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    That's judgemental. I've been contributing on SO for years and there is nothing fake or insecure about my work here. I want to focus my attention to users who will be engaged. Commented Sep 3, 2015 at 14:07
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    @ChristopherPainter What's judgemental? My answer, or your question? (Also, I didn't say anything about your contributions. The points are what's fake.) Commented Sep 3, 2015 at 14:08
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    Also, whatever metric was shown, would have to be a surrogate because the real thing cannot actually be measured. And thus askers will naturally game that score to get more attention, undermining its usefulness. Commented Sep 3, 2015 at 14:11
  • It seems a bit crass to dismiss SO rep as fake internet points in this scenario, since the user in question appears to use these as a metric of his effectiveness. Since the OP is a software consultant whose work coincides with his degree of usefulness on SO, having a way (even if it's not entirely accurate) to measure his output and see what is most valuable is a bit more important than it is with most users. Commented Sep 3, 2015 at 14:27
  • @ShotgunNinja Where are you getting any of this information? This seems to be a way of grading other users to tell if they're a waste of time or not. Commented Sep 3, 2015 at 14:31
  • @BilltheLizard Okay, I think I see what you're saying. I was following the thinking that he runs SO like he'd run a personal business, and is trying to maximize the benefit provided by his work, but something like this does so arbitrarily and at the expense of many of the users he's trying to help. I certainly wish I could ignore some requests at work, and focus on the interesting or useful ones, but I have an obligation to help those who need it, not just who will help me the most, and this is even more important on SO. Commented Sep 3, 2015 at 15:12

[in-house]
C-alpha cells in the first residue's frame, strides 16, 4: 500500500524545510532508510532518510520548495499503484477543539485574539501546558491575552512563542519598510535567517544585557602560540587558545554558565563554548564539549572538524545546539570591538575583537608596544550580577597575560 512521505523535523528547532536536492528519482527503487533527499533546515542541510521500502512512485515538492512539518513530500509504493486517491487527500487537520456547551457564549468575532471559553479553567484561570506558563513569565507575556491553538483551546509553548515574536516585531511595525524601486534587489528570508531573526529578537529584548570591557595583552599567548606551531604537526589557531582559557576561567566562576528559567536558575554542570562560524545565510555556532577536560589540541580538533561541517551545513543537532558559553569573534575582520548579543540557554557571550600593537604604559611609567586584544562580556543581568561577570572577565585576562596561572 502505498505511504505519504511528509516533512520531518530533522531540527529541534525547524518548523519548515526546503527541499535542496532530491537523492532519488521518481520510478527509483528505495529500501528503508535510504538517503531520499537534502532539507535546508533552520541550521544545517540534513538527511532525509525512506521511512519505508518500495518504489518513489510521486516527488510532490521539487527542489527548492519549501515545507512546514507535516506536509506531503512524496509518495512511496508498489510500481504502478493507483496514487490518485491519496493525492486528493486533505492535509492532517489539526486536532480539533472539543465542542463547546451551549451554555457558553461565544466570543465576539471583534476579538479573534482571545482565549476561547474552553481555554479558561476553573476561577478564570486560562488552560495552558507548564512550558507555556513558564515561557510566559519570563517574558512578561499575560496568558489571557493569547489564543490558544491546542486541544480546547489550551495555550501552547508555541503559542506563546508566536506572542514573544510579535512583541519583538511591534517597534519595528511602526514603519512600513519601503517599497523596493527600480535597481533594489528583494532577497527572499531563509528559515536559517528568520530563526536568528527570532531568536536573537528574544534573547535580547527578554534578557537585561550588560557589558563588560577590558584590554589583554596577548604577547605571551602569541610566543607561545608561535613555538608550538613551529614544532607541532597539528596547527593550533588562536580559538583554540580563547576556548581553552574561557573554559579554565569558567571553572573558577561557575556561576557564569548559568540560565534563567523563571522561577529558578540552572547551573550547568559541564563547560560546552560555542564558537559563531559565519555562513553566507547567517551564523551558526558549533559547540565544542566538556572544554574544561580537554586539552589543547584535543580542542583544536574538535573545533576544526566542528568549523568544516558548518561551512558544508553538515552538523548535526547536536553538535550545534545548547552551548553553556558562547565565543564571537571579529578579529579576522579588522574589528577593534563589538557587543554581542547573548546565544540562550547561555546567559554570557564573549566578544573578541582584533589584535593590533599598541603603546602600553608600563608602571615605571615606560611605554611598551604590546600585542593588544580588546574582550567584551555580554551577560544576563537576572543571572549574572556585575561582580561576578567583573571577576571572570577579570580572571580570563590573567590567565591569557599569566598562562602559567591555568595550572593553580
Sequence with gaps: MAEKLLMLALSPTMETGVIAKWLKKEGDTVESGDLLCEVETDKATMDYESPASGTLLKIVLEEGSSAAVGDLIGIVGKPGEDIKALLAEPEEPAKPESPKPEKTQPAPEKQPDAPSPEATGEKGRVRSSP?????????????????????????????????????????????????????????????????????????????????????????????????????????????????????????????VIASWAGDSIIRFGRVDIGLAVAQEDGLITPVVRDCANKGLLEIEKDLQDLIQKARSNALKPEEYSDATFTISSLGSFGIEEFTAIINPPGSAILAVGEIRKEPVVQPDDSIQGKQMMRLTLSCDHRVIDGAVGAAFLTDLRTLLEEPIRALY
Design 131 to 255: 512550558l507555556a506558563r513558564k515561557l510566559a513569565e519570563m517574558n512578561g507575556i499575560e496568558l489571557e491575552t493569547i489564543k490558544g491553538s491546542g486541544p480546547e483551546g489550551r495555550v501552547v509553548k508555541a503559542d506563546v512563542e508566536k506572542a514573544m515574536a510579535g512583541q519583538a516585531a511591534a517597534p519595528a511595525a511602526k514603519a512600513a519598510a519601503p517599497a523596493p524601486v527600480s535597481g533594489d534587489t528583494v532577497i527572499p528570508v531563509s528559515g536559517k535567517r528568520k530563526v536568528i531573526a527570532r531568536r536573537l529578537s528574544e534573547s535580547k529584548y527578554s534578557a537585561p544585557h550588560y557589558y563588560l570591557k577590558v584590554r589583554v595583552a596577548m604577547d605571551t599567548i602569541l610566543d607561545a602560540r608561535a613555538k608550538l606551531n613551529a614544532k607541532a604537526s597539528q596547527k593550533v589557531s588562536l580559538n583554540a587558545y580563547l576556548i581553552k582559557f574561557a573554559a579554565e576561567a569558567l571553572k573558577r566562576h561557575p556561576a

• Close. More like help those who can be helped. It's kind of like screening prospective clients and weeding out the ones that will be problems. It's a better experience for all parties involved. Commented Sep 3, 2015 at 15:15
  • @ChristopherPainter Why not just judge each question on its own merits? It shouldn't matter who's asking if it's a good question. Commented Sep 3, 2015 at 15:22
  • Well I did ask if the "the question" was worth... Sure, it's a factor. Commented Sep 3, 2015 at 15:25
  • @ChristopherPainter You judge a question by what's in the question, not by what's in the asker's profile. Commented Sep 3, 2015 at 15:25
  • I did write "quality of question" in my question. Commented Sep 3, 2015 at 15:26
  • @ChristopherPainter You also wrote "user profile." Commented Sep 3, 2015 at 15:29
  • Ok, I'm done arguing with you. I guess all those things people wrote about you on the internet are true. Commented Sep 5, 2015 at 22:21
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    @ChristopherPainter When there's a two day gap in a conversation, you don't have to announce that it's done. It was already done. Commented Sep 5, 2015 at 23:01
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There used to be a "Acceptance rate" statistic on user profiles.
This number was the percentage of questions from this user, that had it's answers accepted.

This statistic was removed, because people were actively avoiding answering good questions from users that had a low acceptance ratio.

In other words, statistics like these don't improve the quality of the site's contents. It's unlikely something like this will be added again.